Nathaniel Stein (Brown University)
29 February 2012 5:00 PM
School of Oriental and African Studies- (SOAS) Brunei Gallery Room: B111
South and Southeast Asian Art & Archaeology Research Seminar
This paper explores the ways in which photographic representation of architectural sites became a way to mediate and give meaning to the image-maker's position at an intersection of local and imperial knowledges and affinities. In particular, it examines the photography of Robert Gill (1804-1879), a London-born military officer who came to play an important role in the systematic visual inventory of Indian topography -- most notably at Ajanta, but also at other sites in the region of present-day Maharashtra. More broadly, the paper raises questions about the ways in which we think about colonial archives, photographic authority, and modes of identity-formation available to British colonial subjects.
Free, open to the public
Monday, 27 February 2012
Friday, 24 February 2012
Readers who do not subscribe to the Southeast Asia Jisc Mailing list may have missed the following event, which is likely to interest many of you.
Project Southeast Asia, University of Oxford, is hosting a symposium on “Contemporary Issues in Southeast Asia”, in partnership with the Asian Studies Centre (St Antony’s College) and ASEASUK. The conference will take place at St. Anthony’s College, University of Oxford from Saturday 10 to Sunday 11 March 2012.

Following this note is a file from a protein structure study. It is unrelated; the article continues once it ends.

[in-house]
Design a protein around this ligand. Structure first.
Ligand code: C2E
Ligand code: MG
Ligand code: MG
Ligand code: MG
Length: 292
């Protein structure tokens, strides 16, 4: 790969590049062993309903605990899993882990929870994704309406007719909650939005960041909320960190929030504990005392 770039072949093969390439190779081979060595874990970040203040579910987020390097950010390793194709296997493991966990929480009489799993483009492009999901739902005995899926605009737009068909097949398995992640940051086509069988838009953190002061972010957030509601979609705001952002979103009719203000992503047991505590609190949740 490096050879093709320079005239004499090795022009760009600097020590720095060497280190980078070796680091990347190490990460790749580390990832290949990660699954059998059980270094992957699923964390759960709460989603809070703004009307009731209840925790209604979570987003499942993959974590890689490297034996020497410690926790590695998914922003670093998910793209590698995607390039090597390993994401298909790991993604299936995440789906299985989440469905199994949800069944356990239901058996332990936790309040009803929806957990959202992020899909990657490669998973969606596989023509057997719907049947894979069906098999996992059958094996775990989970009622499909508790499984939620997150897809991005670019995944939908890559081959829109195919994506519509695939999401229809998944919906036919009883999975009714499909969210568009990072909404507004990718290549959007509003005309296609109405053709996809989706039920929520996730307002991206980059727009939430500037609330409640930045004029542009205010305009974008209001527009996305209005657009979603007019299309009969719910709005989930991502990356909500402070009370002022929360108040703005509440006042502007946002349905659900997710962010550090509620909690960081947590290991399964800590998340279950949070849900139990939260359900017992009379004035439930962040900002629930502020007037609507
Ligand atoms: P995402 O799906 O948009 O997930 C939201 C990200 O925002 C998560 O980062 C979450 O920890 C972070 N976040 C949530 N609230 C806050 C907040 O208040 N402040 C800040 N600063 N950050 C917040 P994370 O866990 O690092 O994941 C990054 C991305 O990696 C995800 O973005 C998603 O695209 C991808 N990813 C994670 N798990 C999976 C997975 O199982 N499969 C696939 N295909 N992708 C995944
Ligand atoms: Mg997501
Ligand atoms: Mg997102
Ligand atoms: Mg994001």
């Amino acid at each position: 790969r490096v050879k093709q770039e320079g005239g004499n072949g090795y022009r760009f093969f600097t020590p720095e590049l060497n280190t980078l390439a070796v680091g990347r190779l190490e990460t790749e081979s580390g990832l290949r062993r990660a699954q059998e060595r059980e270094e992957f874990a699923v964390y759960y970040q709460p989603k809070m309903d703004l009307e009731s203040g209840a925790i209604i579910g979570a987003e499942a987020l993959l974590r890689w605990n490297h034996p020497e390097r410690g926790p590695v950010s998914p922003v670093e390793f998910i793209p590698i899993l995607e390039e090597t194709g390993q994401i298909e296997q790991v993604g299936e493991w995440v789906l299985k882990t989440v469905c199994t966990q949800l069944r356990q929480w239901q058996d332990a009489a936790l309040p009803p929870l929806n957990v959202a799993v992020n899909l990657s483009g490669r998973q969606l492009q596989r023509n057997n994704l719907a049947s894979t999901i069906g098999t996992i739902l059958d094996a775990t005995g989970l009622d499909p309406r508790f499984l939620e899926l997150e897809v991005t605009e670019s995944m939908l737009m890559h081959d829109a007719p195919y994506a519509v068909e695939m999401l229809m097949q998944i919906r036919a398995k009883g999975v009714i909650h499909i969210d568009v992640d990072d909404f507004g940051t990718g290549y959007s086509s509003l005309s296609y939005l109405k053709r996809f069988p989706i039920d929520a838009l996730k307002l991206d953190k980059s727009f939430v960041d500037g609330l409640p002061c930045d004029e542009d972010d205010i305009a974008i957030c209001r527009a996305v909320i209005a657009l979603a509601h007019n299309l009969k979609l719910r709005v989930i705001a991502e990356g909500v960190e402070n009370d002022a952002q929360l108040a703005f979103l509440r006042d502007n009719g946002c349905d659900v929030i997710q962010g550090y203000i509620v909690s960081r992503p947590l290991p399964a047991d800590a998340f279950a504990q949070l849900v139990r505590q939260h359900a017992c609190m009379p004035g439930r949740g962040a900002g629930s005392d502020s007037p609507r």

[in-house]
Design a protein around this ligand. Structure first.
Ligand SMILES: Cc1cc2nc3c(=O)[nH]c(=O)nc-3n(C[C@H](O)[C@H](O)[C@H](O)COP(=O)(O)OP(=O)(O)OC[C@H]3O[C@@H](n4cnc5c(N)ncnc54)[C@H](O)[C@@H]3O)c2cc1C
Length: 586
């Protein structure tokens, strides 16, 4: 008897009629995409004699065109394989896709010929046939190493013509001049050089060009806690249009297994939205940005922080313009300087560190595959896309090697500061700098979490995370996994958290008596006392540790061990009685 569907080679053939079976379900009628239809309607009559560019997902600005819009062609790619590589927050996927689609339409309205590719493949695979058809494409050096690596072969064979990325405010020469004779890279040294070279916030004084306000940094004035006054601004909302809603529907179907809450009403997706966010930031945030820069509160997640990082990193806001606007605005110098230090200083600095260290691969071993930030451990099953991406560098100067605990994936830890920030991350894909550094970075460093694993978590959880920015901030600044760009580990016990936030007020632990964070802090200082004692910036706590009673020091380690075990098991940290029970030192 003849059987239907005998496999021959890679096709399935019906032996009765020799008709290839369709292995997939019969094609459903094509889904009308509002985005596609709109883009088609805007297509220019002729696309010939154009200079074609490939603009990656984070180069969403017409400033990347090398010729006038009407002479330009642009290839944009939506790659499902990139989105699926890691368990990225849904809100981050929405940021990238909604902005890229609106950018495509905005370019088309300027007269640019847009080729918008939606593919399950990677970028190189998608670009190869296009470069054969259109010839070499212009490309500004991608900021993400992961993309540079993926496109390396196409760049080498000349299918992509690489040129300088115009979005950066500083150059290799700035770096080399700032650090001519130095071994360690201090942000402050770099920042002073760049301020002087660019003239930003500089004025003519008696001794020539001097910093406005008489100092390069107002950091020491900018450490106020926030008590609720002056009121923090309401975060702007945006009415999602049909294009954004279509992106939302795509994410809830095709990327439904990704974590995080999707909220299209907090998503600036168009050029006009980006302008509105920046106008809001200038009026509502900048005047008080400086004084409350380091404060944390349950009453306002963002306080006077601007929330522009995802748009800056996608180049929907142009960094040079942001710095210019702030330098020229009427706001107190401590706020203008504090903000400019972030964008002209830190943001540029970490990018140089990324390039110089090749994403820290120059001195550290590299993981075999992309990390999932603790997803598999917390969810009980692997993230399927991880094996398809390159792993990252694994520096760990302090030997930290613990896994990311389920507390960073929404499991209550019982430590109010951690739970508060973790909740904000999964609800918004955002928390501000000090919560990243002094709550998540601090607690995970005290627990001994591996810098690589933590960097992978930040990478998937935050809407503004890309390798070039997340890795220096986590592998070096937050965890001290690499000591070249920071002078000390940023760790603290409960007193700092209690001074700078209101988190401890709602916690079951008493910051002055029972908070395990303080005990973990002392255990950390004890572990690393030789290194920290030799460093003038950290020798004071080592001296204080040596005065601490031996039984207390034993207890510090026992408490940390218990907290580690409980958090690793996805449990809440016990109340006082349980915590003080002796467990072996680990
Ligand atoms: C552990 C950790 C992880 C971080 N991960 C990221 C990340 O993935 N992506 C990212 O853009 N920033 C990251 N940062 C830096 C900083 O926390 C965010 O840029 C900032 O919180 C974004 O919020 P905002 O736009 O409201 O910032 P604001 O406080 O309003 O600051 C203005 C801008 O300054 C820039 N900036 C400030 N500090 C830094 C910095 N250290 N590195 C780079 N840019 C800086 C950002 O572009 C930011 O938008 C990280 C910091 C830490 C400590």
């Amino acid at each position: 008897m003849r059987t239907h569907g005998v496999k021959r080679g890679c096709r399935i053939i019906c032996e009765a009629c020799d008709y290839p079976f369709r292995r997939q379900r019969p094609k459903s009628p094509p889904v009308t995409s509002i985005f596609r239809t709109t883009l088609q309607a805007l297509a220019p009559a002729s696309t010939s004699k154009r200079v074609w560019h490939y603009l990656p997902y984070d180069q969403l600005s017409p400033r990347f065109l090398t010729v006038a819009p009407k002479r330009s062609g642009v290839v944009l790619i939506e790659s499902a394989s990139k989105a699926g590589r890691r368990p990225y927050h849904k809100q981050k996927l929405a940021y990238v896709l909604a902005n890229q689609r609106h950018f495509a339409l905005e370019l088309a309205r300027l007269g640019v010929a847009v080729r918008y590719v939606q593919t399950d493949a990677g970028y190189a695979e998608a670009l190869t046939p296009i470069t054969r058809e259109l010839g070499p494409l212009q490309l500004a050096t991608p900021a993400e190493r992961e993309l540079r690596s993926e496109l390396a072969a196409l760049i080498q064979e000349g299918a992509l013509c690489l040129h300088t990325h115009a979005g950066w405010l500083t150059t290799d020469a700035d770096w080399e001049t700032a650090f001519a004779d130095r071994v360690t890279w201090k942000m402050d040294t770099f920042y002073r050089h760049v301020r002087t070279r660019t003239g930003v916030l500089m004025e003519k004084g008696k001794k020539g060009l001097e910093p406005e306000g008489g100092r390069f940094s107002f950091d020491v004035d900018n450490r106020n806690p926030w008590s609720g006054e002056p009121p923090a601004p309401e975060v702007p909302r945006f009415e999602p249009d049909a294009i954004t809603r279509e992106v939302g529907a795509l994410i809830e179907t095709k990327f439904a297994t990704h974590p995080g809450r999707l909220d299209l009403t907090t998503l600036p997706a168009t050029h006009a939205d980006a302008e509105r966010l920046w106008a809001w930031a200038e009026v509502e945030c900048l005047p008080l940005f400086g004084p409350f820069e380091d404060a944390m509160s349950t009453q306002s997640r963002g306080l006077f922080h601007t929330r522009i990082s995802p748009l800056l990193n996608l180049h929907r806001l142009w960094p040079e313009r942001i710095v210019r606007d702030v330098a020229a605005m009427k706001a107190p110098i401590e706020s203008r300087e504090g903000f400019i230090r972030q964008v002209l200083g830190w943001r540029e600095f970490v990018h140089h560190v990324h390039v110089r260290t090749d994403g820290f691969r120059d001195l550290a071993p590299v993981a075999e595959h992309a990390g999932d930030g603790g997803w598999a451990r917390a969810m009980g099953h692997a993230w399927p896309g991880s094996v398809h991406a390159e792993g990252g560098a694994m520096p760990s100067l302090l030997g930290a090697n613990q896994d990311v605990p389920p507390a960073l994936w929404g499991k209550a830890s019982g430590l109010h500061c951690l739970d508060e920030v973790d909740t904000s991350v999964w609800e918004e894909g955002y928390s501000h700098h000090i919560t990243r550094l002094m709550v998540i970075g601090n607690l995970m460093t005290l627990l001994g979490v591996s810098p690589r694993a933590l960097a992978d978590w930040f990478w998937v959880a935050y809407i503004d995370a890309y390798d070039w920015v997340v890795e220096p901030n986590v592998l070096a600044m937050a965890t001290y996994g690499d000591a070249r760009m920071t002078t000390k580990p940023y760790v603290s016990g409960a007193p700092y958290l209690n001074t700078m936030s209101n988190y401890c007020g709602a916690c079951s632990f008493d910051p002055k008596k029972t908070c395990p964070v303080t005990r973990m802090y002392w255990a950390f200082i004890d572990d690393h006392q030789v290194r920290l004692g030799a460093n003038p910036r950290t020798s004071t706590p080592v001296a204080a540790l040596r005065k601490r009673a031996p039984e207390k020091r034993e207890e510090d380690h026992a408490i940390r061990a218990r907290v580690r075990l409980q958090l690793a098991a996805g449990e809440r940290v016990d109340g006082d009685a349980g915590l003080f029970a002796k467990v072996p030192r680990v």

The symposium brings together some of the most distinguished scholars in the field of Southeast Asian studies, together with some of the best and brightest new academic talent, for the acquisition and dissemination of knowledge about countries in the Southeast Asian region. Topics covered during the symposium include local governance and decentralisation, marginalised communities, political economy, human development and the environment.
To download the symposium programme and to register for the event, please visit the Project Southeast Asia website at http://projectsoutheastasia.com/ . Tickets include lunch and refreshments.
Friday, 17 February 2012
“We’re Indian and African”: Sidis of India
Dr Shihan de Silva (Senior Fellow, Institute of Commonwealth Studies, University of London and Member of the Scientific Committee of the UNESCO Slave Route Project)Date: 9 March 2012 Time: 5:30 PM
Finishes: 9 March 2012 Time: 7:30 PM
Venue: Russell Square: College Buildings Room: Khalili Lecture TheatreType of Event: Lecture
Series: CSAS Seminar Programme
The Lecture will be followed by the screening of two documentary films:
“We’re Indian and African”: Voices of the Sidis (22 minutes)Produced by Beheroze Shroff (University of California, Irvine, USA)